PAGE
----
The concepts of face value and market value influence stock and bond investors' trading behavior, causing them to favor investments that at first glance may seem to yield less than alternatives. The terms "face value" and "market value" also apply to loans and accounts receivable when they're being sold from a lender/creditor to an investor.
Face value, simply put, is the stated value of an investment. For stocks, face value is the par value, or original price, of the stock. For bonds and other debts, face value is the principal amount of the debt.
Market value, on the other hand, is the price at which buyers and sellers reach agreement in secondary markets such as stock exchanges and debt-purchase agreements. The market value of an investment can deviate considerably from its face value. Investments with market values higher than their face values have appreciated in value enough to have earned a profit over their original value, and the opposite holds true as well.
A range of forces act upon investments to change their market values. Financial data and news releases can alter the market value of stocks. Market interest rates and the federal funds target rate can influence the market value of bonds. Industry, political and legal developments can influence the value of securities as well, as can the emotional responses of traders in the marketplace.
For debt sales, an active default, the age of debts or tarnished credit ratings of borrowers can lower the market value of the investment.
Compare stocks' current market value to their face value to get a picture of how the stock has performed over time. Stock issued at $5 per share that is currently priced at $105 per share, for example, has experienced significant value growth, especially if the stock is relatively new on the market. If the $5 par value stock were at $7 per share five years after the IPO, on the other hand, the stock would have performed poorly over time.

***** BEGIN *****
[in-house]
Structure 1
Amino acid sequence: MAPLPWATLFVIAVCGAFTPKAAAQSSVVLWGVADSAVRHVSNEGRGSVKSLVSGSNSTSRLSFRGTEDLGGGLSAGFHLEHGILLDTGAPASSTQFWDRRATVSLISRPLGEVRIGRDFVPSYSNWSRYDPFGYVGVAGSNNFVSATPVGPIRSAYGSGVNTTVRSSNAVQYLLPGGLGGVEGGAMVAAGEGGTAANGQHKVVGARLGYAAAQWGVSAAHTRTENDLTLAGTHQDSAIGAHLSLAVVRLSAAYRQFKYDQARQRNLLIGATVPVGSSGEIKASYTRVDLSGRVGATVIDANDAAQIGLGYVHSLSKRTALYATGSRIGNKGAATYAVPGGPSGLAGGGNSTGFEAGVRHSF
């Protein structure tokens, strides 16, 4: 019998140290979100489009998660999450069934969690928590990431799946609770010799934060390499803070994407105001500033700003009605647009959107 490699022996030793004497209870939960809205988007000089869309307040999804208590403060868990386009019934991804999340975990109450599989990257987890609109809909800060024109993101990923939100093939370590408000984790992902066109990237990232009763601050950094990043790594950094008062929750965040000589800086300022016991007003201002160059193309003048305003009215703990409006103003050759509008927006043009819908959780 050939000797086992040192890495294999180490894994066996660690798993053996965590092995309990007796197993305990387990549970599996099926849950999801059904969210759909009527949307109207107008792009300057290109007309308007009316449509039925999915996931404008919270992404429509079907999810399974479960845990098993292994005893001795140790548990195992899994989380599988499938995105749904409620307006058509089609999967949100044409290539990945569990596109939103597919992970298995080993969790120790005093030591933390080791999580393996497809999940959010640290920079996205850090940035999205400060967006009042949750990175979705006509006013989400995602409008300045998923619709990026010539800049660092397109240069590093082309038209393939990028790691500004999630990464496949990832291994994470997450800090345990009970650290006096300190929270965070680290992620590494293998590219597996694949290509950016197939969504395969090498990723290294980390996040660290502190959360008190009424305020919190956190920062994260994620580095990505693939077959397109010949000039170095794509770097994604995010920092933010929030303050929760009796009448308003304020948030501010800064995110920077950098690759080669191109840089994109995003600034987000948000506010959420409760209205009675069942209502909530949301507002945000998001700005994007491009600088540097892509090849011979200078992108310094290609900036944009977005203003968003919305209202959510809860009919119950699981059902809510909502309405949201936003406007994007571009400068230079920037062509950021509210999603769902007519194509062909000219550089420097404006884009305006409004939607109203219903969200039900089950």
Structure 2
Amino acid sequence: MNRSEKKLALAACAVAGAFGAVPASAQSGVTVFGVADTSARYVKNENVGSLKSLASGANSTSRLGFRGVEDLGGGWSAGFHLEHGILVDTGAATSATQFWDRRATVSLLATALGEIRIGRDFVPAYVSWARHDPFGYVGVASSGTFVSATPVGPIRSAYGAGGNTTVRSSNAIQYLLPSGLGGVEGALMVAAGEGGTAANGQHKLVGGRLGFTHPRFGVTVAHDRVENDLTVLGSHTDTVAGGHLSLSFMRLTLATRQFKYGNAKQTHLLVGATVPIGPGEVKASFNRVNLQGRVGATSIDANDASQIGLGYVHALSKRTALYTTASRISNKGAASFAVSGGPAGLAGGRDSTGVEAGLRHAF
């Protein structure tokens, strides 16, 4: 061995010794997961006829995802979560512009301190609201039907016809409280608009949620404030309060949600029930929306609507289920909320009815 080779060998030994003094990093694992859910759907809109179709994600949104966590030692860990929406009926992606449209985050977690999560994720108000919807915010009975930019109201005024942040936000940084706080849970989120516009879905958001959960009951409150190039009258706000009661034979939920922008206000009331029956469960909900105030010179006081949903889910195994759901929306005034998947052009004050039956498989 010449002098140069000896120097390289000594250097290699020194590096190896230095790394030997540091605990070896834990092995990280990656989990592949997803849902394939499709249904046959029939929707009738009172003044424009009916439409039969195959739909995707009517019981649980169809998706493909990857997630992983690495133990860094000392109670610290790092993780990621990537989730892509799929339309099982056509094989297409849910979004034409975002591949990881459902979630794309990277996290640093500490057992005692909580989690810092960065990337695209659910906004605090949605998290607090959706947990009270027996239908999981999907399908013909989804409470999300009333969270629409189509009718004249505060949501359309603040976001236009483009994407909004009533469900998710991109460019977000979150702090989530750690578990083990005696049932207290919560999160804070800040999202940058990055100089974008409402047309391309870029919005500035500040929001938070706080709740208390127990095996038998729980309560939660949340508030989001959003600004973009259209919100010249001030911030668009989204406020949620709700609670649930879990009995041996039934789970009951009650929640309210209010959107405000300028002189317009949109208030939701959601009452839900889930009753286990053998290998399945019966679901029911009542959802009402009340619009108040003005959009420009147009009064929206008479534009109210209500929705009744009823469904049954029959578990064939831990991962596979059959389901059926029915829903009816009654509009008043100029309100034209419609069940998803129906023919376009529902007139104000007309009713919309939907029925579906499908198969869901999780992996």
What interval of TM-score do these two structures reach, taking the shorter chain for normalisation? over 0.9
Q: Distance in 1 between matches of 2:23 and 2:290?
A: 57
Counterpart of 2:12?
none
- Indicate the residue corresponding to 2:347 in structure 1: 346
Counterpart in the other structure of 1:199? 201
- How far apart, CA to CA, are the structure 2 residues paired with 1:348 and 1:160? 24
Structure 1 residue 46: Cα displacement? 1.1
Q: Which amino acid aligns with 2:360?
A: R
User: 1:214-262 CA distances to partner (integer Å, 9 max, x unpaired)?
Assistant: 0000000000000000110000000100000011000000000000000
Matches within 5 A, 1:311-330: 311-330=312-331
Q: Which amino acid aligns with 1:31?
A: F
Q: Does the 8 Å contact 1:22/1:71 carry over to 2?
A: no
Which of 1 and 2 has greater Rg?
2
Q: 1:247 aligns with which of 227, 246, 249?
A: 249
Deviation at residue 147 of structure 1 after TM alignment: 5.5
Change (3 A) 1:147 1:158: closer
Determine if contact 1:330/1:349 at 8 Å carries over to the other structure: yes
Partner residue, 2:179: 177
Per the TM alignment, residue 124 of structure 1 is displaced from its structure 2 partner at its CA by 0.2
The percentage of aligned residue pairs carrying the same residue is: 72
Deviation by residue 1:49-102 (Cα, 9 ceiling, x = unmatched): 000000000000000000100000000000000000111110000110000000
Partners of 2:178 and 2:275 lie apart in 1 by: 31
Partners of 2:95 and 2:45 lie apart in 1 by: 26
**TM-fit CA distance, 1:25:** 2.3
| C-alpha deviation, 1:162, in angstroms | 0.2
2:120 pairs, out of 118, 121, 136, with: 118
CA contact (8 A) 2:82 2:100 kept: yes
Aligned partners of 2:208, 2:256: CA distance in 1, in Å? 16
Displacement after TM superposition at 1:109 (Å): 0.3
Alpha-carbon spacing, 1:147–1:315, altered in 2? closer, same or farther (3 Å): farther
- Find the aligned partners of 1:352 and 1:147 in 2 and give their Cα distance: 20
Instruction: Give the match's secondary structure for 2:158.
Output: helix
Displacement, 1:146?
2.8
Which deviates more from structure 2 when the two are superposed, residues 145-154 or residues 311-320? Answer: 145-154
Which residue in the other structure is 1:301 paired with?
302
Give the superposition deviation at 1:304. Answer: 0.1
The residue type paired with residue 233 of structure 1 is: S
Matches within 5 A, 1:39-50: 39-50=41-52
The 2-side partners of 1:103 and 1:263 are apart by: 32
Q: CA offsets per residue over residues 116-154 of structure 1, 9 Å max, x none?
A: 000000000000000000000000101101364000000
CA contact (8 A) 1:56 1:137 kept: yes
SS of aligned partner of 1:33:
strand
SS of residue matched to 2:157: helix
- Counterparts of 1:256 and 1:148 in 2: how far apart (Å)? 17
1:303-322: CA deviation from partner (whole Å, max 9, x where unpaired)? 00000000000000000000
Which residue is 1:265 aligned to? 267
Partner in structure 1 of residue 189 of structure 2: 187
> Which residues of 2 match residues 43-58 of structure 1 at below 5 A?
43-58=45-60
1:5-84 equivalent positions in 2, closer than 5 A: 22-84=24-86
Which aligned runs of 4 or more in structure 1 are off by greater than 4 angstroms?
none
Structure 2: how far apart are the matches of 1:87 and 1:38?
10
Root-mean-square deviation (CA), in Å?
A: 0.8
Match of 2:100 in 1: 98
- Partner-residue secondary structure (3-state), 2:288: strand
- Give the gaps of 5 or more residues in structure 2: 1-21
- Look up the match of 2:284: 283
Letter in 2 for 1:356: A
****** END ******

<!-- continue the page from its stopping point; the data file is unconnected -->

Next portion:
Bond traders pay more attention to the difference between face values and market prices than stock traders. Since bonds are issued at different interest rates at different times, the market value of a bond purchased today will change in the future based on the prevailing interest rates on new bonds at the time. If prevailing rates are lower than the older bond, the market value of the older bond will be higher than its face value, and the bondholder can sell the bond to another investor at a premium.
David Ingram has written for multiple publications since 2009, including "The Houston Chronicle" and online at Business.com. As a small-business owner, Ingram regularly confronts modern issues in management, marketing, finance and business law. He has earned a Bachelor of Arts in management from Walsh University.